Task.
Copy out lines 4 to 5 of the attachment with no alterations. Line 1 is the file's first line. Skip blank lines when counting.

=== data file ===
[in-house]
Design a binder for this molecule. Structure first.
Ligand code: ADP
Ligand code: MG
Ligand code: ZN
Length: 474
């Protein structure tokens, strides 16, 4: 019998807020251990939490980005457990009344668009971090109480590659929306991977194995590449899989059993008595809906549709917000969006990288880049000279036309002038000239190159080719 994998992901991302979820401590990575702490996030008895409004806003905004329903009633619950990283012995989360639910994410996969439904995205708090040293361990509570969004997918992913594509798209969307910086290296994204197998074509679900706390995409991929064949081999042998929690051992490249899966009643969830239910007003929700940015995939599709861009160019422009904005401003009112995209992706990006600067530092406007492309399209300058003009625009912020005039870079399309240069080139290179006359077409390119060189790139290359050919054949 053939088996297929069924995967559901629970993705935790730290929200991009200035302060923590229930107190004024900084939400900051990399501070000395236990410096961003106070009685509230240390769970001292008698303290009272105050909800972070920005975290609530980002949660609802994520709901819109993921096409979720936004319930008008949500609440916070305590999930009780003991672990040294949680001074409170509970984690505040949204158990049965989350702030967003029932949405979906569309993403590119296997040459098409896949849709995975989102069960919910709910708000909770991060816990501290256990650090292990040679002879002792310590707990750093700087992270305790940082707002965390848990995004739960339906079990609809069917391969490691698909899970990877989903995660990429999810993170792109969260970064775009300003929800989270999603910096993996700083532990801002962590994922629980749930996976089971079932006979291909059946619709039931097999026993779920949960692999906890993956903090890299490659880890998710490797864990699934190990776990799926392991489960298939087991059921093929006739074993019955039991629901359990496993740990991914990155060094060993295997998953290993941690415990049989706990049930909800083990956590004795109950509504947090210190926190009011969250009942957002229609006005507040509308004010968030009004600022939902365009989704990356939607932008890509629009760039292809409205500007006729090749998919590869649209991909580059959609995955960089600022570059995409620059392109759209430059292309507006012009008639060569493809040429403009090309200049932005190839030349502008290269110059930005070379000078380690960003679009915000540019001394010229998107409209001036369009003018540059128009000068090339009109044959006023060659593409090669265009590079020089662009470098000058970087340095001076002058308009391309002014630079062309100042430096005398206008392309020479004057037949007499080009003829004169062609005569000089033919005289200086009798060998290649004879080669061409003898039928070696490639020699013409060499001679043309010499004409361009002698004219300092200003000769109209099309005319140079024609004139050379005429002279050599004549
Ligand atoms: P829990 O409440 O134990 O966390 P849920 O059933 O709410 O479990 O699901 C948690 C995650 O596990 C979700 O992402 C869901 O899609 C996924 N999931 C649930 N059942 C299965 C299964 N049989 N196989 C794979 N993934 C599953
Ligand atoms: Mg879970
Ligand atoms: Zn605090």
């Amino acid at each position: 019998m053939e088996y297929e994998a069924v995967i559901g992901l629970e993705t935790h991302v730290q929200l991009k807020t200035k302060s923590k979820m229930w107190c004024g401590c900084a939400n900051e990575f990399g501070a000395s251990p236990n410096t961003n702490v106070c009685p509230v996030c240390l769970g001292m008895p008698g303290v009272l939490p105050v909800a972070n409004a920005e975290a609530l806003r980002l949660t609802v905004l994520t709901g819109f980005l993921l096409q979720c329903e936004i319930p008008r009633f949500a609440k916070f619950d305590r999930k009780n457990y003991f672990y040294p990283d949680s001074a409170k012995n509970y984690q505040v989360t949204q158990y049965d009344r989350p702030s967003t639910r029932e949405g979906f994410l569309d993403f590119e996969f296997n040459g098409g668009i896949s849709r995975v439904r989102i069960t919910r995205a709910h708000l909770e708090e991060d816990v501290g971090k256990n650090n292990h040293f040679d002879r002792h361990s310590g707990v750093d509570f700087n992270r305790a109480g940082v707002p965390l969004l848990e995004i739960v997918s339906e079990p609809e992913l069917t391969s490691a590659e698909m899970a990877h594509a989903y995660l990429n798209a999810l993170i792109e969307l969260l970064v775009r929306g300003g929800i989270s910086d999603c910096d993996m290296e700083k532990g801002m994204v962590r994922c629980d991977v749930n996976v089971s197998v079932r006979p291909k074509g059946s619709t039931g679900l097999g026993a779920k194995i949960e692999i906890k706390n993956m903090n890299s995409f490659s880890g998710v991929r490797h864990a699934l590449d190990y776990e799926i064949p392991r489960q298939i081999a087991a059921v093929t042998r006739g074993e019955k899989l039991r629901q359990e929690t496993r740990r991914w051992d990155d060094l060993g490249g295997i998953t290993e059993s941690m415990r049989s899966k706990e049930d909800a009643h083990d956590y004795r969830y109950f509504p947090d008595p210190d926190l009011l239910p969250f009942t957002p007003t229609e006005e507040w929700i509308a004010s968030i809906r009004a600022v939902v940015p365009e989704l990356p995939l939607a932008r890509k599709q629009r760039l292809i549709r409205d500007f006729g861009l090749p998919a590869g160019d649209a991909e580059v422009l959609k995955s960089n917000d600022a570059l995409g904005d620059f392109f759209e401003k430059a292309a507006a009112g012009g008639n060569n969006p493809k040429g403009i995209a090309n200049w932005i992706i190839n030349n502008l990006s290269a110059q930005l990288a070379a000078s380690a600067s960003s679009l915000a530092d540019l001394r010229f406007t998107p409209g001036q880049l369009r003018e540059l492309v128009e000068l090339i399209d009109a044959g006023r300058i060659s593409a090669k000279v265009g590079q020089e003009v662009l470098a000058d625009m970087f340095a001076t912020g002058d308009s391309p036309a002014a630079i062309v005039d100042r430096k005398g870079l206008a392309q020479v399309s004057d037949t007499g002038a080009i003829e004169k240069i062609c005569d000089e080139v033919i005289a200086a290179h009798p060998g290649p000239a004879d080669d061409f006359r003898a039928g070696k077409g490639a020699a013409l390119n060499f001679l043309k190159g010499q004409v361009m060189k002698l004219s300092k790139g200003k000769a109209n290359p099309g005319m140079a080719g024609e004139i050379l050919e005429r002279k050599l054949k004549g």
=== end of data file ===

Ligand code: MG
Ligand code: ZN